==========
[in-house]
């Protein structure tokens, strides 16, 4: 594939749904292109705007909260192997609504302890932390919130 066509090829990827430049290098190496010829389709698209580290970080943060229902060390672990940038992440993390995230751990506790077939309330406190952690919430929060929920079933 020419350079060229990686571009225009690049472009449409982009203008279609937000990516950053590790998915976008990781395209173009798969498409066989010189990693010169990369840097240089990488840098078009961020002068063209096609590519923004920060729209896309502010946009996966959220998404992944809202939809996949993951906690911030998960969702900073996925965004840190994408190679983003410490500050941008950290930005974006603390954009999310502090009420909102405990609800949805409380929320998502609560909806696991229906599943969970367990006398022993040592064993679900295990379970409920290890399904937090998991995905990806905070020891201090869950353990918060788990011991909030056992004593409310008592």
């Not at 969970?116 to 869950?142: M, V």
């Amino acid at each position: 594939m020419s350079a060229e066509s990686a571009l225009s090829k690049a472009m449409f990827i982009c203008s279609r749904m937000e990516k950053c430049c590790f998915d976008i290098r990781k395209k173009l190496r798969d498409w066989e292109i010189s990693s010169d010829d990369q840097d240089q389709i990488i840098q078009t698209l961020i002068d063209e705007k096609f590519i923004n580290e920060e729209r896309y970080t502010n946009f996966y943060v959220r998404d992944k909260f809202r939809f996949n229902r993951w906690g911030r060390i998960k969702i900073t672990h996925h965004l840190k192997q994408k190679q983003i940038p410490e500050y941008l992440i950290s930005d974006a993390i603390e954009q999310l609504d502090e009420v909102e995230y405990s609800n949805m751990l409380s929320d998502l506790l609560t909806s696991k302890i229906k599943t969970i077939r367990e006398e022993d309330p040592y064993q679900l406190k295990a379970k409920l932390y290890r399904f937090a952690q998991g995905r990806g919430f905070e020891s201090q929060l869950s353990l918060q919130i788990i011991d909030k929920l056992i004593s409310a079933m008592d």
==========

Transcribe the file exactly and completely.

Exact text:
[in-house]
């Protein structure tokens, strides 16, 4: 594939749904292109705007909260192997609504302890932390919130 066509090829990827430049290098190496010829389709698209580290970080943060229902060390672990940038992440993390995230751990506790077939309330406190952690919430929060929920079933 020419350079060229990686571009225009690049472009449409982009203008279609937000990516950053590790998915976008990781395209173009798969498409066989010189990693010169990369840097240089990488840098078009961020002068063209096609590519923004920060729209896309502010946009996966959220998404992944809202939809996949993951906690911030998960969702900073996925965004840190994408190679983003410490500050941008950290930005974006603390954009999310502090009420909102405990609800949805409380929320998502609560909806696991229906599943969970367990006398022993040592064993679900295990379970409920290890399904937090998991995905990806905070020891201090869950353990918060788990011991909030056992004593409310008592």
């Not at 969970?116 to 869950?142: M, V």
């Amino acid at each position: 594939m020419s350079a060229e066509s990686a571009l225009s090829k690049a472009m449409f990827i982009c203008s279609r749904m937000e990516k950053c430049c590790f998915d976008i290098r990781k395209k173009l190496r798969d498409w066989e292109i010189s990693s010169d010829d990369q840097d240089q389709i990488i840098q078009t698209l961020i002068d063209e705007k096609f590519i923004n580290e920060e729209r896309y970080t502010n946009f996966y943060v959220r998404d992944k909260f809202r939809f996949n229902r993951w906690g911030r060390i998960k969702i900073t672990h996925h965004l840190k192997q994408k190679q983003i940038p410490e500050y941008l992440i950290s930005d974006a993390i603390e954009q999310l609504d502090e009420v909102e995230y405990s609800n949805m751990l409380s929320d998502l506790l609560t909806s696991k302890i229906k599943t969970i077939r367990e006398e022993d309330p040592y064993q679900l406190k295990a379970k409920l932390y290890r399904f937090a952690q998991g995905r990806g919430f905070e020891s201090q929060l869950s353990l918060q919130i788990i011991d909030k929920l056992i004593s409310a079933m008592d």